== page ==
Which factors affect pulmonary function after lung metastasectomy?

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Background: Pulmonary metastasectomy is an accepted procedure in selected patients, very often requiring multiple non-anatomical resections. Although it is intuitive that functional loss is proportional to the number and extent of pulmonary resections, this link has never been proved and is the hypothesis behind this study. Methods: We retrospectively reviewed pulmonary function changes after lung metastasectomy. Baseline and postoperative spirometric values were evaluated and their changes were correlated to (a) number of resections, (b) extent of resections and (c) intervals between surgery. Results: Sixty-six patients were enrolled (31 men, mean age 56 years, range: 23-75); mean interval between surgery: 54.5 days; mean extent of resection: 11.45 cm; mean number of resections: 3. Preoperative mean spirometric values were: FEV1 2.73 l (97.75%); FVC 3.11 l (95.50%); DLCO/AV 1.21 l (99.80%). Mean changes in FEV1, FCV and DLCO/AV were -13.4%, -12.4% and +1.2% respectively. Patients receiving three or more non-anatomical resections had functional loss similar to those undergoing lobectomy. The extent of total resection (>11 cm, p <0.05) and the interval between surgery (>90 days, p <0.0001) influenced FEV1 and FVC modifications. At three months none of these functional modifications remained. Sex, age, side of the operation and histology of primary tumor did not affect spirometric changes. Conclusions: Spirometric changes after pulmonary metastasectomy are affected by total volume lung parenchyma resected within the first 90 days. Functional loss after three or more non-anatomical resections is comparable to that recorded after lobectomy.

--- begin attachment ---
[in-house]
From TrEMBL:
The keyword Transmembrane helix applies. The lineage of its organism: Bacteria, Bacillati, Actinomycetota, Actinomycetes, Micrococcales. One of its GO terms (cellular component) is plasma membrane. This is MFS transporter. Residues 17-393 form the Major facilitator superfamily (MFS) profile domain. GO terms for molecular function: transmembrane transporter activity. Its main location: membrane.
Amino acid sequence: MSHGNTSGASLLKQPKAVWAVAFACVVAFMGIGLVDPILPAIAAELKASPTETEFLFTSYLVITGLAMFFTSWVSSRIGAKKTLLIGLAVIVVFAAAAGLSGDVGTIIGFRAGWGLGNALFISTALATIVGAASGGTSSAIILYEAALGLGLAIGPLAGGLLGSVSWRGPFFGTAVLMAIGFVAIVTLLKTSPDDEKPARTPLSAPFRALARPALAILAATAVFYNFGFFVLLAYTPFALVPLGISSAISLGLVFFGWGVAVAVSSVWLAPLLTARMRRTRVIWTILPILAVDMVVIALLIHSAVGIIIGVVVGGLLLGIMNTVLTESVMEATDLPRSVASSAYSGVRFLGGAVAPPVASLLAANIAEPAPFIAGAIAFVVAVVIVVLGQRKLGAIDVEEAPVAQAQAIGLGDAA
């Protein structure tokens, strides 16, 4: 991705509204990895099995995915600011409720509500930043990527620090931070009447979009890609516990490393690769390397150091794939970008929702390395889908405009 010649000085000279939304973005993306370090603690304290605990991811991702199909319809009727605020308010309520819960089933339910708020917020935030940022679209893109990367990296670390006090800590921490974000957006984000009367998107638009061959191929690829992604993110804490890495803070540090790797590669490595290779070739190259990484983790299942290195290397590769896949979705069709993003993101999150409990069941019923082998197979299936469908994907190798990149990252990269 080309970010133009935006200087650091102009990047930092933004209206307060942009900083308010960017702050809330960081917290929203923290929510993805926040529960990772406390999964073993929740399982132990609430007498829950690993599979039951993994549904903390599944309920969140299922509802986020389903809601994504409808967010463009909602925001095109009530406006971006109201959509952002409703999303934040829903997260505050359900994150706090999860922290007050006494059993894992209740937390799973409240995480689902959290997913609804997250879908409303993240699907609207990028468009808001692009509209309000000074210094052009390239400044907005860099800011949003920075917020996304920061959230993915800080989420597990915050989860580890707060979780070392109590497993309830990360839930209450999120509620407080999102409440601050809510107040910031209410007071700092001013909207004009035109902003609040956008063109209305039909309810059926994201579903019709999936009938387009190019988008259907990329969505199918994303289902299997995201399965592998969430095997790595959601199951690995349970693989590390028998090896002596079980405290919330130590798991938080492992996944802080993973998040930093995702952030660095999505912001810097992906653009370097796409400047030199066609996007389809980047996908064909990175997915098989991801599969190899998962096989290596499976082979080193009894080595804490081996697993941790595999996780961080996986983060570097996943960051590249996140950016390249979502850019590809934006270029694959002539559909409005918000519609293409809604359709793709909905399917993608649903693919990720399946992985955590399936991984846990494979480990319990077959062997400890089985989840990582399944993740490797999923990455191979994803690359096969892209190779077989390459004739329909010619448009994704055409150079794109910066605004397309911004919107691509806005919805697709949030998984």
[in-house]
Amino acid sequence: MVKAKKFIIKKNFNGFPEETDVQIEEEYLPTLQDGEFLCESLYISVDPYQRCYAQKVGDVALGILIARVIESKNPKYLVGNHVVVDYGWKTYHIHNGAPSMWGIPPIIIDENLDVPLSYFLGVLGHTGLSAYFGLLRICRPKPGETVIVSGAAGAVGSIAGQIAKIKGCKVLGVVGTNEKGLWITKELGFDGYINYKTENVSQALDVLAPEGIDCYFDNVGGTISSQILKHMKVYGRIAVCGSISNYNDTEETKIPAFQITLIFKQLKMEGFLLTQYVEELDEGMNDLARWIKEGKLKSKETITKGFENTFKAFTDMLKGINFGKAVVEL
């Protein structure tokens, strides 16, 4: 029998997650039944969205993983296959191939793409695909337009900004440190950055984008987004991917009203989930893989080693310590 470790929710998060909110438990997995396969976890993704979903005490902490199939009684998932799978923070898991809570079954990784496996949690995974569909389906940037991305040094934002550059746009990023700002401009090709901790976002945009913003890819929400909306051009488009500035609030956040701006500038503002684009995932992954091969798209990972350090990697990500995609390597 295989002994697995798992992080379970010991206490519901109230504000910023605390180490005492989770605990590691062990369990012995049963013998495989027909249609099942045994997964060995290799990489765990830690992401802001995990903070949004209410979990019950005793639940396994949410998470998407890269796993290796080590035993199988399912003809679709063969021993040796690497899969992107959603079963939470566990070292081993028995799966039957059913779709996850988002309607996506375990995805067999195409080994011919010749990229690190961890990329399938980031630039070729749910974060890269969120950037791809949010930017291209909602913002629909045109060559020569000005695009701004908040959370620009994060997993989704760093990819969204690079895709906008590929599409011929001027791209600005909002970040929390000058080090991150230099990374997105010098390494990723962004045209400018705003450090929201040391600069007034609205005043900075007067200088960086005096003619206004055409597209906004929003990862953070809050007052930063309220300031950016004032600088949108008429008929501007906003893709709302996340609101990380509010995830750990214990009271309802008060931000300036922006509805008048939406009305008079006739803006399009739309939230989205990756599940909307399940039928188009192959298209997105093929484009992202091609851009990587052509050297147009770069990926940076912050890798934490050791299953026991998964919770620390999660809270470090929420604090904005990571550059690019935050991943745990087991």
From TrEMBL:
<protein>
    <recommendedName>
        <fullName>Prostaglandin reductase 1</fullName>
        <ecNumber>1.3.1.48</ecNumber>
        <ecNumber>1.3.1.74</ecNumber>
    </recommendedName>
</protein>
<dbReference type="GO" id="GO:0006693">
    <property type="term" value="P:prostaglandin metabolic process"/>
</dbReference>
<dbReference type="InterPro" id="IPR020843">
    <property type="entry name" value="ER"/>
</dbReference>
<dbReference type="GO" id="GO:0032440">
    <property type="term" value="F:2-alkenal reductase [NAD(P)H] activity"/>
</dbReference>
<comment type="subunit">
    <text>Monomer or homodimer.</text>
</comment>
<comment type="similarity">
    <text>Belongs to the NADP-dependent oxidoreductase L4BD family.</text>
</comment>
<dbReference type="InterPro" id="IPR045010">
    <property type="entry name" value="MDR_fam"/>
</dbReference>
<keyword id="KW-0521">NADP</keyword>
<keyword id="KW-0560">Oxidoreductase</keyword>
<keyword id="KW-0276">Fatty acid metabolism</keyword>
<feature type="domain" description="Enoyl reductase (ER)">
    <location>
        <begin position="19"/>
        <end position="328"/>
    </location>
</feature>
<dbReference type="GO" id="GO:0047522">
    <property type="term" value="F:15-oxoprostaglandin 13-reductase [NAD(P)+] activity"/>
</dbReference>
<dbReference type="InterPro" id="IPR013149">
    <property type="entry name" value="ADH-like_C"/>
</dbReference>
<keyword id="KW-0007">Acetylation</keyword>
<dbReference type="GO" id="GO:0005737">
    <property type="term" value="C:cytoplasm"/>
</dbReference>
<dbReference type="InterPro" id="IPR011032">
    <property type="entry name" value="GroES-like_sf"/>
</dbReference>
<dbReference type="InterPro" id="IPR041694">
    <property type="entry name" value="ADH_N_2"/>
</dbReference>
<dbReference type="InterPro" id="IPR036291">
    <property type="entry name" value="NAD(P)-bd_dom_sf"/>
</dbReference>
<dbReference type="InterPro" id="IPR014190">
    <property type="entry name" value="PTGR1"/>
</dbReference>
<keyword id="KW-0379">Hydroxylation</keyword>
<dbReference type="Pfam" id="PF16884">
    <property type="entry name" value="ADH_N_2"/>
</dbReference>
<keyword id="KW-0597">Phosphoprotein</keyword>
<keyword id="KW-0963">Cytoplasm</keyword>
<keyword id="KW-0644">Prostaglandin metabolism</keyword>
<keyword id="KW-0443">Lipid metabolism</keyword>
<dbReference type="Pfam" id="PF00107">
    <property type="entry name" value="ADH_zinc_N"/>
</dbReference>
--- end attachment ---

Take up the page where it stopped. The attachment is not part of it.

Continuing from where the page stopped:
Original languageEnglish
Pages (from-to)792-796
Number of pages5
JournalEuropean Journal of Cardio-thoracic Surgery
Issue number5
Publication statusPublished - May 2009


  • Alveolar volume
  • Carbon monoxide lung diffusion capacity
  • Forced expiratory volume in 1 s
  • Forced vital capacity
  • Pulmonary metastasectomy

ASJC Scopus subject areas

  • Cardiology and Cardiovascular Medicine
  • Surgery
  • Pulmonary and Respiratory Medicine


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